- The Personal Financial Outlook, a measure of how Americans feel about their own finances in the next six months, dipped 0.6% – enough to return the component to negative territory. The percentage change moved December’s reading of 50.2 to 49.9 in January.
- Confidence in Federal Economic Policies, a proprietary IBD/TIPP measure of views on how government economic policies are working, remained unchanged. Its reading has been 40.7 for two consecutive months.
“Coming off the holiday hangover, we’re seeing a lot of belt-tightening around activities like dining out and travel, as well as an increase in adoption of discounted store brands vs. the bigger national names,” said Raghavan Mayur, president of TechnoMetrica, who directed the poll. “Folks are quite mindful of their finances at the start of the year. But the good news is that unemployment continues to decline, and fewer families are job sensitive.”
Economic Optimism Index Breakdown
This month, three of 21 demographic groups — such as age, income, race and party preference — that IBD/TIPP tracks were above 50.0, in positive territory, on the Economic Optimism Index, the same as in the prior two months. That’s vs. six in October and September, just one in August, three in July and one in June. Eight groups rose vs. 19 in December, nine in November, five in October, all 21 in September, 11 in August, 10 in July and three in June.
For the Six-Month Economic Outlook component, none of the 21 groups that IBD/TIPP tracks scored in optimistic territory, vs. just one in the prior three months, three in September and none in June to August. Optimism over the economy’s six-month outlook rose for nine groups, down from 11 groups in November-December. That’s vs. five in October, all 21 in September, 10 in August, 16 in July and five in June.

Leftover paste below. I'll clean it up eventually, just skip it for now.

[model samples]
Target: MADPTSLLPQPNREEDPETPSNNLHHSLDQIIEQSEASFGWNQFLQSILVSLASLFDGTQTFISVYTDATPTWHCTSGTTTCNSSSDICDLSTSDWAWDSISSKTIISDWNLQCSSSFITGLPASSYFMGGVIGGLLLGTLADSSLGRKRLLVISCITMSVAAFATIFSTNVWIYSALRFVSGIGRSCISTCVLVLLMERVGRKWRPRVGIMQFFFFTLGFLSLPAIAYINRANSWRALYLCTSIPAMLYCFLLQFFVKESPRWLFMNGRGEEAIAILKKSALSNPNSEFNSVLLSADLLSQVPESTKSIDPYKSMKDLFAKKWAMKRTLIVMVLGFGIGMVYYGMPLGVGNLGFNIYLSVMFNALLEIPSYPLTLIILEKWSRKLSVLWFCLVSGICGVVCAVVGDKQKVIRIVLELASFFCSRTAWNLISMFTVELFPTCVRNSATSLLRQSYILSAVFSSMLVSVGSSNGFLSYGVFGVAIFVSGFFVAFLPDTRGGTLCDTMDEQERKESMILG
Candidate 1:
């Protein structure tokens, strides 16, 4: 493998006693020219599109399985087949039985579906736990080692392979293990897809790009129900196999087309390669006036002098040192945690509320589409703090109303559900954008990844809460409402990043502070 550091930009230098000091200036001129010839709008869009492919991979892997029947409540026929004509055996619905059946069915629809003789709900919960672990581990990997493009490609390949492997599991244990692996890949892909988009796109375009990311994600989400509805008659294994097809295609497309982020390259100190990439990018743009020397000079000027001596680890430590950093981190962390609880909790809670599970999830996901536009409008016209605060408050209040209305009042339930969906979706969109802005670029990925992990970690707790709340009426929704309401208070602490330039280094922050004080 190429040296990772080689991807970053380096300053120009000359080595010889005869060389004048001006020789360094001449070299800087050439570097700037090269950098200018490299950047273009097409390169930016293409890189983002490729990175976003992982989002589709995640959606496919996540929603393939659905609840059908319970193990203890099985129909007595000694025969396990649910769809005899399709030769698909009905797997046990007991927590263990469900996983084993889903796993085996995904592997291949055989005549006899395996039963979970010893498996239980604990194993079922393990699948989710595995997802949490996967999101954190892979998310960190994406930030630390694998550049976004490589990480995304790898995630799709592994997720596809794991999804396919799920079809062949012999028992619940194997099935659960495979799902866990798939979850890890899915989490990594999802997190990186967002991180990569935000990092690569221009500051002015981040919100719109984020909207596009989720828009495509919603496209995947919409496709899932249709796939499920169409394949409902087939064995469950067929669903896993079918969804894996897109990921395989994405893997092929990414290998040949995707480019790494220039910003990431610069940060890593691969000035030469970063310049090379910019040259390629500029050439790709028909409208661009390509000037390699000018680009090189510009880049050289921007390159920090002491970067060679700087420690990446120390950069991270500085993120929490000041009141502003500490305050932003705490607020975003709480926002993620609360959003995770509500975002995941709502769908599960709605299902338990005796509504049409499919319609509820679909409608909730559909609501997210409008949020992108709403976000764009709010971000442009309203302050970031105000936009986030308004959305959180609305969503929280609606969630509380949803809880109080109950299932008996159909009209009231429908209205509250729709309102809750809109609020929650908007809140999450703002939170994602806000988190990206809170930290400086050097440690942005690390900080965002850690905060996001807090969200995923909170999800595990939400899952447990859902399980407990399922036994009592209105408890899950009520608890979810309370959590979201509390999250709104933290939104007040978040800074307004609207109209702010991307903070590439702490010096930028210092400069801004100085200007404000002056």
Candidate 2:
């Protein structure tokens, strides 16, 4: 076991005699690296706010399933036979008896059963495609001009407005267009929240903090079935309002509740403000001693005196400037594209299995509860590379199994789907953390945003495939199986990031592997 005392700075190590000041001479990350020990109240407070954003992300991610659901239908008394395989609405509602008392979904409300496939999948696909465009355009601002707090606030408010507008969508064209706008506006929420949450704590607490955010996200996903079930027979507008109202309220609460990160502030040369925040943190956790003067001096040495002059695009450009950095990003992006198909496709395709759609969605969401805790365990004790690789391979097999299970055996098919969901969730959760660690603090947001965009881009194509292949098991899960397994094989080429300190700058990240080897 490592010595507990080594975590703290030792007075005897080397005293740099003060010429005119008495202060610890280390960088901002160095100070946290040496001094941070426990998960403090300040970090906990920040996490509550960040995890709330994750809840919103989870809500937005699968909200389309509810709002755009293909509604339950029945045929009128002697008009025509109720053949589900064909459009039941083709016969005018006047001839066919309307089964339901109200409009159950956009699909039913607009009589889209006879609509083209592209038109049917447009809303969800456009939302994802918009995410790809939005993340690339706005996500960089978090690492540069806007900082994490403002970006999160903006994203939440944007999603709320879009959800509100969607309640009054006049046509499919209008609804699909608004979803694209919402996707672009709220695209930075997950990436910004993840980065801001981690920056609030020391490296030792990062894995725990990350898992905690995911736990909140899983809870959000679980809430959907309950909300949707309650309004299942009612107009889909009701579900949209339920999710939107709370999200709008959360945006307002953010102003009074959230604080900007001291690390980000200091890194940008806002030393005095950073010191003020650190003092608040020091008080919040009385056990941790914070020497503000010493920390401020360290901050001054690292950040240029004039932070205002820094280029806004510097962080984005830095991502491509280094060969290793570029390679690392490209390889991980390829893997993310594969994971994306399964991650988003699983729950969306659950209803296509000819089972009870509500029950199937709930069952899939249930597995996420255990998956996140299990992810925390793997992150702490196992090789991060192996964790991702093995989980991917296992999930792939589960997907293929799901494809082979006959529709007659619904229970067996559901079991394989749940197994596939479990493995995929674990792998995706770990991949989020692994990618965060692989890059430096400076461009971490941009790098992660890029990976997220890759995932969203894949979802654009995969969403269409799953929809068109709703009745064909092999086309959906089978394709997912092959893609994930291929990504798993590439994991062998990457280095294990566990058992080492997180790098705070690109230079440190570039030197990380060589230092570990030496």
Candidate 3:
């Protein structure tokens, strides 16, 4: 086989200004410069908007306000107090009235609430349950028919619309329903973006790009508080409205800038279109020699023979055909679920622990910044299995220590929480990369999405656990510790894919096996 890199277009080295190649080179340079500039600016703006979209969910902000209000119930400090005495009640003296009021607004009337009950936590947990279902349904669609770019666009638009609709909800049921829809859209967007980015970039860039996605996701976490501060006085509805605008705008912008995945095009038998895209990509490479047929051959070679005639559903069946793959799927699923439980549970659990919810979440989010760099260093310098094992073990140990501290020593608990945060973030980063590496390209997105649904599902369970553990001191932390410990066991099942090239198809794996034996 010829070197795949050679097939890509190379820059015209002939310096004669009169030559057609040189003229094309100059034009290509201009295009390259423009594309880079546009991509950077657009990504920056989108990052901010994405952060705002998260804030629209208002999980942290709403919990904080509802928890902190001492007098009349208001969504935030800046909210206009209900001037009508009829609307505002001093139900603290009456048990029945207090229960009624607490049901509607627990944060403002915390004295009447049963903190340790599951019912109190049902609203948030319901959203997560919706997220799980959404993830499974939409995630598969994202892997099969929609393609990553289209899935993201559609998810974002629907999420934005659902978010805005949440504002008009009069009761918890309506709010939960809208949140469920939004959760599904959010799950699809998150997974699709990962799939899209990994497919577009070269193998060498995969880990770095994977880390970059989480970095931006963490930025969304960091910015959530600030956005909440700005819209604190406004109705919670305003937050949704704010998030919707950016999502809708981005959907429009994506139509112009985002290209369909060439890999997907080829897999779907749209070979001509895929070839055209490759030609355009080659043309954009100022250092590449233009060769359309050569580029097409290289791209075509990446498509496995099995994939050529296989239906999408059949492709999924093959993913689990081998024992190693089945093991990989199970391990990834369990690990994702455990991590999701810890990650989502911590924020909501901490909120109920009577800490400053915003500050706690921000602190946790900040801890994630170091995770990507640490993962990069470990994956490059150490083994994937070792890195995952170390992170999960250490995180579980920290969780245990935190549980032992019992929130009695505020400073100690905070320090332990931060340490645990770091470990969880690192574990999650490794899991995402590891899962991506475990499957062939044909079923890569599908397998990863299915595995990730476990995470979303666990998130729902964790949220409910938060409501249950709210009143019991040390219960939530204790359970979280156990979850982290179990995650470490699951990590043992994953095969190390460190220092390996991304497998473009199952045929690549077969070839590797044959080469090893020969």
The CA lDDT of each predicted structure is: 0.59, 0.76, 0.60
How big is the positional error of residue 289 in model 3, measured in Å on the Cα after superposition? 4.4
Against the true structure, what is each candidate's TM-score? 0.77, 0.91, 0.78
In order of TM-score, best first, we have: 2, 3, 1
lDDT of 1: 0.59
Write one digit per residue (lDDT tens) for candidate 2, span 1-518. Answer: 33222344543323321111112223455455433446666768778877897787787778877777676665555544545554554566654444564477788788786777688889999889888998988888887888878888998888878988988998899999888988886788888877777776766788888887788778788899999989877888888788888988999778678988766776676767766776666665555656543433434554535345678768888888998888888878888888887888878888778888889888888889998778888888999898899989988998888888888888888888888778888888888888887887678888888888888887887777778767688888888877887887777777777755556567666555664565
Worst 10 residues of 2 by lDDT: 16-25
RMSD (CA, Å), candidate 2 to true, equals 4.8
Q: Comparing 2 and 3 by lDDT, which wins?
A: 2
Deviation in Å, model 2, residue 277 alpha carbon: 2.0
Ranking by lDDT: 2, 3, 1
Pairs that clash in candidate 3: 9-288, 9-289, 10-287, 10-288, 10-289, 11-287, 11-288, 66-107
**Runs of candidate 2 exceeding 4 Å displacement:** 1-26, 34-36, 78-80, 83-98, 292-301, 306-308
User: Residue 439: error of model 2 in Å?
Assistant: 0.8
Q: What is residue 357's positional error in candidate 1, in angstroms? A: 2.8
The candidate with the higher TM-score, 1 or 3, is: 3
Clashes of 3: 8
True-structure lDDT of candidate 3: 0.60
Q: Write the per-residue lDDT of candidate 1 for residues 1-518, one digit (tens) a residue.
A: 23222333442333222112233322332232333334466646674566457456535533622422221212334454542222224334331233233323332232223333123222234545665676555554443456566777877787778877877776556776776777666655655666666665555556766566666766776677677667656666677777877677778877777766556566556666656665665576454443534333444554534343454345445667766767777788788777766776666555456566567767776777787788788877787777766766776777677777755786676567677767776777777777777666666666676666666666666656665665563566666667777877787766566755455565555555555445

For the Personal Financial component, 10 groups IBD/TIPP tracks were in optimistic territory vs. nine in December, seven in November, nine in October, 13 in September, seven in August and July and six in June. Nine groups rose vs. 15 in December, 12 in November, three in October, all 21 in September, 11 in August, nine in July and two in June.
For the Federal Policies component, three of the 21 demographic groups tracked were above 50.0 vs. two in December, three in November, five in October, four in September, one in August, two in July and one in June. Eleven groups rose vs. 14 in December, four in November, nine in October, all 21 in September, five in July and four in June.
About the IBD©/TIPP Poll
The IBD/TIPP Economic Optimism Index is the earliest take on consumer confidence each month and predicts with good reliability monthly changes in sentiment in well-known polls by The Conference Board and the University of Michigan. The IBD/TIPP Economic Optimism Index is based on a survey of about 1,300 adults conducted using a network of online panels. The national poll is generally conducted in the first week of the month.
For more information, go to https://tippinsights.com. To license the IBD/TIPP Poll, please contact Licensing@investors.com.